The Free-Bleeding Marathoner

You may have already heard the story. Basically, a 26-year-old Harvard student ran a marathon without a tampon and made it a statement about period-shaming and oppression.

First, let me get one thing clear: I am a woman and a feminist, and I think it’s stupid that there is a lot of hush-hush concerning periods. But really. Aren’t there far better ways to combat said hush-hush? Tampons (or whatever feminine hygiene product floats your boat) are not about secrecy, patriarchy, or objectification. They’re about you. When you think about it, these products are pretty liberating. Because of tampons, we can swim, run, bike, and live like normal people, rather than sitting inside on rags all day. Count all the pool parties you’ve been able to participate in and the pairs of underwear you’ve saved because of modern sanitary care.

Also, this is about hygiene. If someone pees themselves, would they just keep going about their day? No, they’d change their clothes. If someone gets a cut on their finger, would they just leave it there to smear blood over everything because, hey, no shame in bleeding? Of course not, because it’s unsanitary. It’s not oppression to be asked to take care of yourself. You can’t just sit on benches or metro seats or swim in pools with blood everywhere–why? Because blood is a bodily fluid. It’s a contaminant. That doesn’t mean you yourself are a contaminant, or that having your period is gross. Don’t blame patriarchy when people are a little disgusted by the notion of running a marathon without a tampon. Again, I’m a woman myself–and that’s simply unhygienic.

Ms. Kiran Gandhi, the marathon runner, says that she ran for women without access to feminine products. To me, though, that seems like more of disrespect. Many third-world women would do anything for a pad. We’re privileged here. Why not collect donations to support these women? Wouldn’t that be a whole lot more effective than just talking about it and cutting ourselves off to the vital resources that could be used to help others?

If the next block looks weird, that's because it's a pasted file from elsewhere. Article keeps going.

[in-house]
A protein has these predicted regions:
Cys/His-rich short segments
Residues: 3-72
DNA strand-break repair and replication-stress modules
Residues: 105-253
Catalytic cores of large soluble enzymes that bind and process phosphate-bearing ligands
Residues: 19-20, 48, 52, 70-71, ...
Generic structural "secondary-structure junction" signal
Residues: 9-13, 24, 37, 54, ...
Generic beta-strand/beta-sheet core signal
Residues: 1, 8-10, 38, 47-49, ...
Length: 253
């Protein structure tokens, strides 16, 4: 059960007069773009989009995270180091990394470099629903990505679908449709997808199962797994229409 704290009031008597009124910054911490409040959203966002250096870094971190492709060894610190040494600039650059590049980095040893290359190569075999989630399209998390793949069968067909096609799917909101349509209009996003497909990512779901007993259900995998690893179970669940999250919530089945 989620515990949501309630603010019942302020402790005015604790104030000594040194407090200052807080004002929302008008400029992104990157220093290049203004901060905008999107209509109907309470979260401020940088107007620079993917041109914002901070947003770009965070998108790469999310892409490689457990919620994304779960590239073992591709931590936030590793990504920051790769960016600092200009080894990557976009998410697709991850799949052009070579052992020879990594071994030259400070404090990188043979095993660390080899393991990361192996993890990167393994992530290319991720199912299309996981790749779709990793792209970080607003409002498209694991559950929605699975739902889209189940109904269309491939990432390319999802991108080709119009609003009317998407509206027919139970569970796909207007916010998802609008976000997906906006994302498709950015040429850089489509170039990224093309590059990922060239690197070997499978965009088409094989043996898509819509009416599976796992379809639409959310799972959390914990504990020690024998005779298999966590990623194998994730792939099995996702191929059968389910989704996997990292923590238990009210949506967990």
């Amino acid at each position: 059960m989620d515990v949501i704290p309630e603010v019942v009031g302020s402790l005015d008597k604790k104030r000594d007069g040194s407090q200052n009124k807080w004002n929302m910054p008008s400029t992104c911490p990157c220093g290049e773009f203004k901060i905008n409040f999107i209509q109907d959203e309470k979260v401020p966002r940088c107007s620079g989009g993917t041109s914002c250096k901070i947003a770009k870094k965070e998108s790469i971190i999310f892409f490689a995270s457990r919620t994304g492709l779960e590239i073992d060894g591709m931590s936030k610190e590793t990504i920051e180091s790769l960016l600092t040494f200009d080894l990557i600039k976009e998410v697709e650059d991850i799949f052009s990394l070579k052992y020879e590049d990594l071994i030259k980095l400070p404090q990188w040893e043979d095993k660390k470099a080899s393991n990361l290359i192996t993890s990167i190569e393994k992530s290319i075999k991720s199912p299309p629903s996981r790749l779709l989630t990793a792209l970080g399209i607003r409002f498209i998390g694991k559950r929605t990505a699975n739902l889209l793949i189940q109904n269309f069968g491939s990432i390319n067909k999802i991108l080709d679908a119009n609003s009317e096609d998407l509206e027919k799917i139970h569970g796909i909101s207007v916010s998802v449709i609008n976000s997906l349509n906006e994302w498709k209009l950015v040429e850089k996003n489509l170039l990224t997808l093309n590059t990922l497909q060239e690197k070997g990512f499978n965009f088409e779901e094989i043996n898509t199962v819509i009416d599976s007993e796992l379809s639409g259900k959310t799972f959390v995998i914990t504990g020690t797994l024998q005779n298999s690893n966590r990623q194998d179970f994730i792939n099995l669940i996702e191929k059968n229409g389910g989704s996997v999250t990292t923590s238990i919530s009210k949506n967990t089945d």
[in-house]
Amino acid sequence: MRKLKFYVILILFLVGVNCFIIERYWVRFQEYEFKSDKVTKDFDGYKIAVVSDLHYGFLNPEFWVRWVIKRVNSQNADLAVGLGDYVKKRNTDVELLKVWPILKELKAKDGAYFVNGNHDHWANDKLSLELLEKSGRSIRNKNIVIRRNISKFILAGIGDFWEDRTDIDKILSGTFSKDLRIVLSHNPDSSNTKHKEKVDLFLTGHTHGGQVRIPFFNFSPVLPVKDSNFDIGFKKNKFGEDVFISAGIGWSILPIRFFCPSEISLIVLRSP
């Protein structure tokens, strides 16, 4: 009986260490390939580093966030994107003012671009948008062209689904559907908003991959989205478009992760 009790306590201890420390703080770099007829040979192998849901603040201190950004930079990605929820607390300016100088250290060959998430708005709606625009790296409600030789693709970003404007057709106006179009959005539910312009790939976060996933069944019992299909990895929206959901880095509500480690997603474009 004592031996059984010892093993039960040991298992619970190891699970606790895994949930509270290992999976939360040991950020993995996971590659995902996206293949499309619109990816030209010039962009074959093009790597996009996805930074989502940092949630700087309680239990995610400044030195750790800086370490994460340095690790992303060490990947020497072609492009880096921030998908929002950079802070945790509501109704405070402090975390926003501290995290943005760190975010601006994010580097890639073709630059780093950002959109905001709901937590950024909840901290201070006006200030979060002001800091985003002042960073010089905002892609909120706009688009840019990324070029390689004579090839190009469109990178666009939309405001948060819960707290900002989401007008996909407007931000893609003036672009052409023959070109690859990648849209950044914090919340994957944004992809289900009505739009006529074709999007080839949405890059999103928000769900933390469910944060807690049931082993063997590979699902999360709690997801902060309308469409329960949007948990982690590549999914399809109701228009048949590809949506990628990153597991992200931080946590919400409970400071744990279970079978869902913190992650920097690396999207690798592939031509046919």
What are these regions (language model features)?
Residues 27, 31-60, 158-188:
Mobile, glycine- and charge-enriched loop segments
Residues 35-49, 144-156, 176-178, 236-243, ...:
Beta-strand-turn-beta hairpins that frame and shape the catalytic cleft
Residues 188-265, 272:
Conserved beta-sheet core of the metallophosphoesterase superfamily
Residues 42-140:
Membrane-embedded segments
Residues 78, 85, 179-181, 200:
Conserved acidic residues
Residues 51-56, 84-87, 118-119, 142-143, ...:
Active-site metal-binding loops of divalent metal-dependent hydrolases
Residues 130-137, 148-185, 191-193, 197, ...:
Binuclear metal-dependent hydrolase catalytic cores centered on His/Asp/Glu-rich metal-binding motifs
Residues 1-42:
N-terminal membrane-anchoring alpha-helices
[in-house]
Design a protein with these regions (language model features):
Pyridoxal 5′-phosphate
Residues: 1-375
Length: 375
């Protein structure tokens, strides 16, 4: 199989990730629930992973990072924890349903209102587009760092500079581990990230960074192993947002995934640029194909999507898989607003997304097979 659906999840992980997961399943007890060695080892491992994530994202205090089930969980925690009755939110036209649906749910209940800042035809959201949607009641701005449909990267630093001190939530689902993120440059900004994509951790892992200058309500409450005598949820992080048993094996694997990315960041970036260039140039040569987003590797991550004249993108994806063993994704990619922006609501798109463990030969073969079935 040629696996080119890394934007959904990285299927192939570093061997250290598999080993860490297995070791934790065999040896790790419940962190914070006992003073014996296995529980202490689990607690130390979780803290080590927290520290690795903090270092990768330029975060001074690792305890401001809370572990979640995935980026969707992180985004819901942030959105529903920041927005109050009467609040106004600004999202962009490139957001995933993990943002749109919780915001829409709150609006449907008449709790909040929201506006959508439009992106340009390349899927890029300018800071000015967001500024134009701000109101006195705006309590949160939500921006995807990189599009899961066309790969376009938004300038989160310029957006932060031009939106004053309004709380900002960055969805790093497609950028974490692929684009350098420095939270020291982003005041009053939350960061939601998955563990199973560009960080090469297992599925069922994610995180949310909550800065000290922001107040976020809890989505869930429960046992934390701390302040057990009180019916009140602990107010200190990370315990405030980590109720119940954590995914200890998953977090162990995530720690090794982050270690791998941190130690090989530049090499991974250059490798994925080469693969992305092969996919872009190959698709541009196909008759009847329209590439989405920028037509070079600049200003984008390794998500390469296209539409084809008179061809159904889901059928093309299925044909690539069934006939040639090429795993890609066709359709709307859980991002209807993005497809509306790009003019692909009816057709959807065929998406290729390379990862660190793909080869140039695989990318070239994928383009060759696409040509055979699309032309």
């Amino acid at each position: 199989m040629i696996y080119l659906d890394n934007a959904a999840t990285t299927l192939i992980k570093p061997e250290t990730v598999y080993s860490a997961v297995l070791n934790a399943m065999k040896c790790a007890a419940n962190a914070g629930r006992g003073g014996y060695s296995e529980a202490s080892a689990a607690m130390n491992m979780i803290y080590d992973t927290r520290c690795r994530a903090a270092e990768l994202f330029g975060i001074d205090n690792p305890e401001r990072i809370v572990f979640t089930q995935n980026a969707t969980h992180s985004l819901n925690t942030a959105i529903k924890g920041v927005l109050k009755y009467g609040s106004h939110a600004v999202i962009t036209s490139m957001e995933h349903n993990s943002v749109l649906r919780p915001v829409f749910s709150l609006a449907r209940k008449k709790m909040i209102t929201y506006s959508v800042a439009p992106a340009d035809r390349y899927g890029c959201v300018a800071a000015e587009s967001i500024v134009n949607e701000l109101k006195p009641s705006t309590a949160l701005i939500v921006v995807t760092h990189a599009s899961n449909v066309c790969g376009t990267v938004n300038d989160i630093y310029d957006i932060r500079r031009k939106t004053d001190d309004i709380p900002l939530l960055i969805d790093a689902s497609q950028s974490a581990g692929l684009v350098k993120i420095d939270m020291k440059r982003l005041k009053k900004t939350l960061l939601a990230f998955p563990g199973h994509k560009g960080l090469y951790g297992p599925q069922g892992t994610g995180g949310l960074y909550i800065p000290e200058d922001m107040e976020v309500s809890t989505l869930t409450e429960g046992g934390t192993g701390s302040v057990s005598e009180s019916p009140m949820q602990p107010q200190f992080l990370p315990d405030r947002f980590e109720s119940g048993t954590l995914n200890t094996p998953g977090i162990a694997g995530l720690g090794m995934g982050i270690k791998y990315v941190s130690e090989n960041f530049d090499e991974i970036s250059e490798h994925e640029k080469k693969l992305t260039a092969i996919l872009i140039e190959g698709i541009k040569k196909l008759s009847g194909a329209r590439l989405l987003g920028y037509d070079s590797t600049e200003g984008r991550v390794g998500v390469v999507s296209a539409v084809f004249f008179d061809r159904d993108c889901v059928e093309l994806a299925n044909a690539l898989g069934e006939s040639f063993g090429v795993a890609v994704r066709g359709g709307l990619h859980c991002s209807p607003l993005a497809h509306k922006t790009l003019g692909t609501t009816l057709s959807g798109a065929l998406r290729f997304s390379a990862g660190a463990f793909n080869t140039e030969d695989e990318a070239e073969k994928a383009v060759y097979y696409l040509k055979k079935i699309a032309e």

Yes, society is still kind of grossed out about periods, and it’s annoying. I still hear people talking in whispers–you know, shh, protect the boys’ ears! Some people still get embarrassed when they need to ask for a pad or something. The way to combat the petty secrecy is to just be natural. You don’t have to stand on a table and scream to the world that you’re on your period, but don’t treat tampons like controlled substances. “Hey, you need a tampon? Here, meet me outside the bathroom and I’ll smuggle it up your sleeve.” Just don’t think that pads or periods are dirty words that need stupid synonyms. You know? Be natural about it. You don’t have to sacrifice your personal hygiene to make a huge statement.

It’s just common, sanitary sense.


2 thoughts on “The Free-Bleeding Marathoner

  1. Elite runners who need to pee mid-race just pee themselves and people seem OK with that. Also, sometimes even with tampons and sanitary pads some women with heavy flows leak accidentally. I think her point was that bodily functions happen, and we might be uncomfortable with it but it is silly to deny it completely.

    • I did not know this. Interesting info. My post was also addressing general issues/misconceptions/attitudes about periods. I just feel like there could’ve been more effective ways of ending the discomfort.

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